Geography Reference
In-Depth Information
of large multinational corporations, while their original owners were forcibly
exterminated, and their survivors transferred to diminutive and infertile reservations
(Survival International 2007). According to International law, in particular the United
Nations Convention on Genocide of 1948, ratified by Brazil in 1952, the intention to
exterminate Brazilian Indigenous Peoples, in whole or in part, qualifies as genocide.
Today, there are approximately 6,000 individuals belonging to 16 distinct Indig-
enous nations living in the XIP (ISA 2010). The Park is an administrative territorial
unit of the Brazilian State located in the northernmost part of the state of Mato Grosso,
which literally means “thick woods” in Portuguese (
woods, grosso thick). The
dense vegetation actually reflects a zone of transition between the brushy savannah
and the tropical Amazonian rain forest, but no doubt it is dense. Most Indigenous
Peoples now living in the Xingu Park suffered heavy population losses, either before
they were transferred into the park, due to the encroachment of colonizing fronts, or
else during the relocation process into the Park itself by the Brazilian government.
Up to 85 percent of the original inhabitants of central Brazil were summarily
exterminated during their initial contacts with colonizing fronts and various segments
of the broader Brazilian society in the 19 th and 20 th centuries. With the official creation
of the XIP in 1961, most peoples have increased demographically, basically due to
health care and sustainable environmental practices. In 1959, the date of the official
“pacification” of the Suyá people, there were 60 Suyá individuals living within the
Wawi area, which was being considered for demarcation within the boundaries of a
national (later changed to an “Indigenous”) park. The Suyá population today in the
Wawi Indigenous Land totals approximately 330 individuals (ISA 2010).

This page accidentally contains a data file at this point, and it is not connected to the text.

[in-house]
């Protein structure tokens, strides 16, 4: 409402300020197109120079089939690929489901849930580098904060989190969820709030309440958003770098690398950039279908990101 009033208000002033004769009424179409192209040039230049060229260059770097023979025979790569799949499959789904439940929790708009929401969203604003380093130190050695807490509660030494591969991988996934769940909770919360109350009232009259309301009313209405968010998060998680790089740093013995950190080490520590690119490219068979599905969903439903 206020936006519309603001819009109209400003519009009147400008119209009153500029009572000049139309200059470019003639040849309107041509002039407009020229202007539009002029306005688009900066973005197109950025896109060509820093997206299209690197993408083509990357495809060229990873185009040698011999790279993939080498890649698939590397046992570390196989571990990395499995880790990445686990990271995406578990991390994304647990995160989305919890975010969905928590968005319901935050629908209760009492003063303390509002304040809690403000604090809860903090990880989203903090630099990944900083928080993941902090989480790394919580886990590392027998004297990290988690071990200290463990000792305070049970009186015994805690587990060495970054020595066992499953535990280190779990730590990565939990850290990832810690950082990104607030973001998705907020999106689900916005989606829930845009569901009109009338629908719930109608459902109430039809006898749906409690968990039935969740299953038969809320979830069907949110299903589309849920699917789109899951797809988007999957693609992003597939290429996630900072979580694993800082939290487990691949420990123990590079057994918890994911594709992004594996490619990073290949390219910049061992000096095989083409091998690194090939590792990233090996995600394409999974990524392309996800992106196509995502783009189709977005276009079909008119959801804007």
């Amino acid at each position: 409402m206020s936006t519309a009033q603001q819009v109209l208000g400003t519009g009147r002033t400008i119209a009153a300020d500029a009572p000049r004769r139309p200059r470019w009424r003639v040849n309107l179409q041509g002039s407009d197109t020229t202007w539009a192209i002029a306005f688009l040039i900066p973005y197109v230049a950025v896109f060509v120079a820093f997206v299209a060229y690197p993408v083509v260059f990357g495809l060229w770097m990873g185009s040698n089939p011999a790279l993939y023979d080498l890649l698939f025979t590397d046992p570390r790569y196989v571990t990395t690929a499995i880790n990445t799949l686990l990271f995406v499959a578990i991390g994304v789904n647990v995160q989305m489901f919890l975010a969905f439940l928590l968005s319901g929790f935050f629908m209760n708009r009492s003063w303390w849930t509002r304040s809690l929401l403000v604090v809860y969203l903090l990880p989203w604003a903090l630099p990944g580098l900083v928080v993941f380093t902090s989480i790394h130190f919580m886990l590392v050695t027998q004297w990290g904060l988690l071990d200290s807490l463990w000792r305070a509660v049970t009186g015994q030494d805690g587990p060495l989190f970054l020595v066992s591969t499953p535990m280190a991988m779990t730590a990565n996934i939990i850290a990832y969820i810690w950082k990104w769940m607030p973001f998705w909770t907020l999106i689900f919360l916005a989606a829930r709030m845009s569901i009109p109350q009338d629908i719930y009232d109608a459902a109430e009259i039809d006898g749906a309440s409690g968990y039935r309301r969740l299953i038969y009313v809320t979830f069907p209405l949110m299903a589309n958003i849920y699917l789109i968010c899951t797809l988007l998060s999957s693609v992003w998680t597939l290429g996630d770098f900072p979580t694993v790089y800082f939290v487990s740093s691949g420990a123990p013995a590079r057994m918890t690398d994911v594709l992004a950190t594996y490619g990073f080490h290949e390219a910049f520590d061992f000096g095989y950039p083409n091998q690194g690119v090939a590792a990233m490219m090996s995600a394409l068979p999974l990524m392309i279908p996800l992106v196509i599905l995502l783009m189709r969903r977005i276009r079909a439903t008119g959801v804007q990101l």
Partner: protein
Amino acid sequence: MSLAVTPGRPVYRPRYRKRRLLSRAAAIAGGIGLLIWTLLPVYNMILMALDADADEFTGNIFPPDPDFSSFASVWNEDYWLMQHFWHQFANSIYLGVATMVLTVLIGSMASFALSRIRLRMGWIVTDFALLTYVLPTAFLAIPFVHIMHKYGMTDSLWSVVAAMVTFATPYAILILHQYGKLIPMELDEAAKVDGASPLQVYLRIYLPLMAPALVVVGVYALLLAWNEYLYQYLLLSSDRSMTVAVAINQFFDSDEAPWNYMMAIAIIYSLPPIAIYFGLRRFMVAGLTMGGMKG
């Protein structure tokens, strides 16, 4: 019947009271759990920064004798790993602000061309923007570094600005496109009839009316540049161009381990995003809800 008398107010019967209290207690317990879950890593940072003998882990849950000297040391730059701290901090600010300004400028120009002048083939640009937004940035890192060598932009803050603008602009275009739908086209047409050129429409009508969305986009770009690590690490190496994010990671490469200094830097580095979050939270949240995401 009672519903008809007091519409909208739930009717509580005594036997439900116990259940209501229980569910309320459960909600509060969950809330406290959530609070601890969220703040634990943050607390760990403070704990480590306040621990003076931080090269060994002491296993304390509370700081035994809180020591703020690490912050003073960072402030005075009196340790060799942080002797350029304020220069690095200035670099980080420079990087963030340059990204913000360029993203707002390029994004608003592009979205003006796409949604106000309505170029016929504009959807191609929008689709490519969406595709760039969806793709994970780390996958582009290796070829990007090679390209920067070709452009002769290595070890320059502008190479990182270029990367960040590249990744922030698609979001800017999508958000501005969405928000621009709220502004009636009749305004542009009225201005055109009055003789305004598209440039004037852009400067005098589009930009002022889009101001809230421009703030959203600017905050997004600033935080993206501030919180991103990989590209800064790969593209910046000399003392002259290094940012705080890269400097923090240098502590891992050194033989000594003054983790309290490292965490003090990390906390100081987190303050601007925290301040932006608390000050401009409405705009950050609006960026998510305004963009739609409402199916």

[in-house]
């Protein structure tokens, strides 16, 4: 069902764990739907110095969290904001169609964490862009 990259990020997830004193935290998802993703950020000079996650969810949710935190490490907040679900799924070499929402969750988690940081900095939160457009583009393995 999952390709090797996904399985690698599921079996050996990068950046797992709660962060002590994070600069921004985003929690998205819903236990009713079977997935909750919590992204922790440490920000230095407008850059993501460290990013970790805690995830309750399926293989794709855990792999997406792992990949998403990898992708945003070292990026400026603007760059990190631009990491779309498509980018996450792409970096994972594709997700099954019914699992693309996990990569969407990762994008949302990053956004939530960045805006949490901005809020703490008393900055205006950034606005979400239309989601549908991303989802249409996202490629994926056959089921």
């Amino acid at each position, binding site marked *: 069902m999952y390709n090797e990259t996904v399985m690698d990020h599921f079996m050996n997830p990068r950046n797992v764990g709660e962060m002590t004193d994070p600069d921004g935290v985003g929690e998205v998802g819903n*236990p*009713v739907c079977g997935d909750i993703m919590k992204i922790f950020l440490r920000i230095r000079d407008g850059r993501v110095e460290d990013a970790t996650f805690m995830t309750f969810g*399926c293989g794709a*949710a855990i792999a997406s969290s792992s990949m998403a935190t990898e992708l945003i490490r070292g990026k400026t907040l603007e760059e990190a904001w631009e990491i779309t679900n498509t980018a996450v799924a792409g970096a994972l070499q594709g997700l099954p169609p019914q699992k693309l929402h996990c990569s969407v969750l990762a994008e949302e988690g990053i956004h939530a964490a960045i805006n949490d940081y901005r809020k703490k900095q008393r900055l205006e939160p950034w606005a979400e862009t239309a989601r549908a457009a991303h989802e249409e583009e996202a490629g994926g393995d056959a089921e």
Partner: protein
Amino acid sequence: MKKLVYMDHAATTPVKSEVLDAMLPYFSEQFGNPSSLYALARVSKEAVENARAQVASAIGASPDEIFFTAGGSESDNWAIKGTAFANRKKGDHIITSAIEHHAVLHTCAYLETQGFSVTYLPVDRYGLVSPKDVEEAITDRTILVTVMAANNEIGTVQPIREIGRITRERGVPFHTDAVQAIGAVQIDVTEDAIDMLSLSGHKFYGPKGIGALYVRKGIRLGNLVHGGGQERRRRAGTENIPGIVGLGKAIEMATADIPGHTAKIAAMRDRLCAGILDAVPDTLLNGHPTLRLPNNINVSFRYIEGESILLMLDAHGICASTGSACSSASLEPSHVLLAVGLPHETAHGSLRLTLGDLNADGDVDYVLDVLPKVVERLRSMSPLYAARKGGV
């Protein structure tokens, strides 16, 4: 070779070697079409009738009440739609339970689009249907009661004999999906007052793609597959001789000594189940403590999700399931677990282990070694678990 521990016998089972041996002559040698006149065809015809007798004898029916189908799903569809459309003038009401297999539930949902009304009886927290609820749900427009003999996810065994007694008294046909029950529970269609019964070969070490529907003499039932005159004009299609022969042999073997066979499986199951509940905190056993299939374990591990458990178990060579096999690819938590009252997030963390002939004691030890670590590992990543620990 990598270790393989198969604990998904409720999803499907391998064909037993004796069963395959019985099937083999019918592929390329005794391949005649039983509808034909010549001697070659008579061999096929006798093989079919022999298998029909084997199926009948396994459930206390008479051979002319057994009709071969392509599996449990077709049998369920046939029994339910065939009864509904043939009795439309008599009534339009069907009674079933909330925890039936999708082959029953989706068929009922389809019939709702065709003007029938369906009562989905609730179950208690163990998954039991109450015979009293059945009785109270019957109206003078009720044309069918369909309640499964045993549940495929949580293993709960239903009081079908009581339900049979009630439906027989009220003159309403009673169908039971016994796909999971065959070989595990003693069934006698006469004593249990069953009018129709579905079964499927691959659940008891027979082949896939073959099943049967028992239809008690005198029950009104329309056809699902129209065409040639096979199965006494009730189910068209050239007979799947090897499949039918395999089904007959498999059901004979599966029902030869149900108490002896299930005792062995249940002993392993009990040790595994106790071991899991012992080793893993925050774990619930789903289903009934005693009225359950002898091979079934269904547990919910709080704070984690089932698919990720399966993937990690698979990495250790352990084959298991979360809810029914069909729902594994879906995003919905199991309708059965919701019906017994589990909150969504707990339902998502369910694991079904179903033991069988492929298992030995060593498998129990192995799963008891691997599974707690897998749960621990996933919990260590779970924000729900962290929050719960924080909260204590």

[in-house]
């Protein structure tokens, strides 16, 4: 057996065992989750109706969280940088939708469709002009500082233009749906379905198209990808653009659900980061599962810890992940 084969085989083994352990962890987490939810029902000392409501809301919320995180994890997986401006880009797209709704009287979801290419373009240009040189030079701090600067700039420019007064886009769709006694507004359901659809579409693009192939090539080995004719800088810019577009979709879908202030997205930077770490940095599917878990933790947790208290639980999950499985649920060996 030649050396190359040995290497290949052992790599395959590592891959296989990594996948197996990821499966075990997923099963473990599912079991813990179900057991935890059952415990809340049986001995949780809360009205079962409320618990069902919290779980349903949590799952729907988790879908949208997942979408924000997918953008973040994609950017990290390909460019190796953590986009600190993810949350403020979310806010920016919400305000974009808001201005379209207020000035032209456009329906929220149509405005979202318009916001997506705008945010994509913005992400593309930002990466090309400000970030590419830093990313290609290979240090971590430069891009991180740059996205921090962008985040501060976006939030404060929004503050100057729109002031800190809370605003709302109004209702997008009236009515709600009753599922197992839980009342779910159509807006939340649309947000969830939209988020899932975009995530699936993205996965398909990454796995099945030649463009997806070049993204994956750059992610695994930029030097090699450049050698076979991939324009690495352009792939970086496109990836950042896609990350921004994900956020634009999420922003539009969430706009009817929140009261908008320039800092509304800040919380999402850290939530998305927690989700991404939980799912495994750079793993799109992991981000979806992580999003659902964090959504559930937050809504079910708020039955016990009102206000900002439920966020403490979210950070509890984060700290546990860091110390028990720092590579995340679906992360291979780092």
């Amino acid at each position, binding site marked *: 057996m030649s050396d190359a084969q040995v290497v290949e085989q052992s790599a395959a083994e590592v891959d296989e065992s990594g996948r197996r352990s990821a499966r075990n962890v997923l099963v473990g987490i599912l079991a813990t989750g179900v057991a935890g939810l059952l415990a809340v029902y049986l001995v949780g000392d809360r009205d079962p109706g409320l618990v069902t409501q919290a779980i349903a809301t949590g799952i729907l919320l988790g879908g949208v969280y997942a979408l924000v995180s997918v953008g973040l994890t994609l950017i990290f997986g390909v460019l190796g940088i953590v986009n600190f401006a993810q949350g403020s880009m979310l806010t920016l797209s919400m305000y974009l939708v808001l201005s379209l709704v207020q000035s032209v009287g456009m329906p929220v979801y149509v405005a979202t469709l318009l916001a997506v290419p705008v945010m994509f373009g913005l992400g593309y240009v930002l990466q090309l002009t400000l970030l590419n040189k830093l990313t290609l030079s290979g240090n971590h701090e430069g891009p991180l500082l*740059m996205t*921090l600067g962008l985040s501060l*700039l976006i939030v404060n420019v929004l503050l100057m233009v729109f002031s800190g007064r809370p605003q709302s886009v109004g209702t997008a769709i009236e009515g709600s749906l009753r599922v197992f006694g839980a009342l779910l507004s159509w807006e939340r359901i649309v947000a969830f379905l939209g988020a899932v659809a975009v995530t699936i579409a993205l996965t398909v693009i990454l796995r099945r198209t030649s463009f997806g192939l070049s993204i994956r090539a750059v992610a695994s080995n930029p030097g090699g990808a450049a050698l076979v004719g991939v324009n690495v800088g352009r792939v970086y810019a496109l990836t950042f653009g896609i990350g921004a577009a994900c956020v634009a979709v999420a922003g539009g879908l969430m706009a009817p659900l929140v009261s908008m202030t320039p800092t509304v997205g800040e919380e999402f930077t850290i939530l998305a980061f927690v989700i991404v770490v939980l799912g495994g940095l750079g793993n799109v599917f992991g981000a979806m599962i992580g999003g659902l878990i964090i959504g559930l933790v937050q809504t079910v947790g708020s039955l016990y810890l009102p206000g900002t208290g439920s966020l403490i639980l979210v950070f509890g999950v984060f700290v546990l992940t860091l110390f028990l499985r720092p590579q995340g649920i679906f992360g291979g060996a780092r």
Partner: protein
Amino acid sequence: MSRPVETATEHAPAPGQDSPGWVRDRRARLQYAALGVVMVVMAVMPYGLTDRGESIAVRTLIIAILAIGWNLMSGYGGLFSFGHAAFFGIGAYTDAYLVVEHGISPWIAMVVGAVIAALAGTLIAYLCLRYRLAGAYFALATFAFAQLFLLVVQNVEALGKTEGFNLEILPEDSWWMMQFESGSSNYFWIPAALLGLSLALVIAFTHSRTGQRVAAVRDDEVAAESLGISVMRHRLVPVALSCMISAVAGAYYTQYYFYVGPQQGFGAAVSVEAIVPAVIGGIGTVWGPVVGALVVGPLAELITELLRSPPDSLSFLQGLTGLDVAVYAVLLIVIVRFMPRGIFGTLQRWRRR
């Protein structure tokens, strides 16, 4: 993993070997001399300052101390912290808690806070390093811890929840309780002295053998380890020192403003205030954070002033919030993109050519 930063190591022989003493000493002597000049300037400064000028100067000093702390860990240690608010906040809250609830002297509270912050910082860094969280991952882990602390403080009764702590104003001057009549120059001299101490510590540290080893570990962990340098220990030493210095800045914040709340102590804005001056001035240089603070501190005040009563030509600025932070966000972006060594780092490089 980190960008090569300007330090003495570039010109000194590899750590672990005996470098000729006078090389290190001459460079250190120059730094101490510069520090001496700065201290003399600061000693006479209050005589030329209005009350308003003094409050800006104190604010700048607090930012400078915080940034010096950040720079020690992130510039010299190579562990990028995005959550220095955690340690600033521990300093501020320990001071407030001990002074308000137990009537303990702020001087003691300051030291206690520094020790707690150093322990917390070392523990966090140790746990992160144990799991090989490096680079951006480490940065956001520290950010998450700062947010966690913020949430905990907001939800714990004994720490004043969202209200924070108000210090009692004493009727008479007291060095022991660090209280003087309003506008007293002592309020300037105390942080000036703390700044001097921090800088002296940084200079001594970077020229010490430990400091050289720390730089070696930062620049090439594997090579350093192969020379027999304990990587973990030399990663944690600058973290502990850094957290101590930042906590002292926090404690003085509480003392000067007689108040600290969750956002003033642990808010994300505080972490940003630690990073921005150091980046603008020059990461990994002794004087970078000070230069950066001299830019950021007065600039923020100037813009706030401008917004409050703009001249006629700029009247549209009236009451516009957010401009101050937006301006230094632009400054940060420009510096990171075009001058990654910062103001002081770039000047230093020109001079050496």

The Suyá share similar contact experiences with segments of the broader Brazilian
society, as many other Indigenous Peoples do, including the Juruna, Kayabi, Trumai,
and other nations that were either pushed into the Xingu area by settlers, goldminers,
and rubber-tappers, or brought into the park by colonizing agents of the Brazilian
government starting in the late 1950s. Their original territories were encroached
upon by rubber tappers, gold prospectors, and cattle ranchers who indiscriminately
killed the peoples with firearms and diseases, and enslaved them in their settlements,
raping and torturing women and children (Ferreira 1994a, Oliveira 1969, Seeger
1981, Travassos 1984). The Suyá were forced to migrate towards central Brazil
to the Xingu area in the mid 1800s, and have lived in the area later demarcated
as the Xingu Indigenous Park. One of its extensions, the Wawi Indigenous Land,
demarcated in 1998, gave rise to the main court case discussed in this chapter. As
the anthropological expert in this court case, I spent two weeks traveling around the
Wawi territory and its borders with the XIP with Intoni and other members of the
Suyá people, as well as two Funai officials.
Fact, Fiction, and the Language of Jurisprudence
Suyá practices of land occupancy clash abruptly with non-Indigenous ideas of land
ownership and jurisprudence. The Suyá are most interested in creating, negotiating
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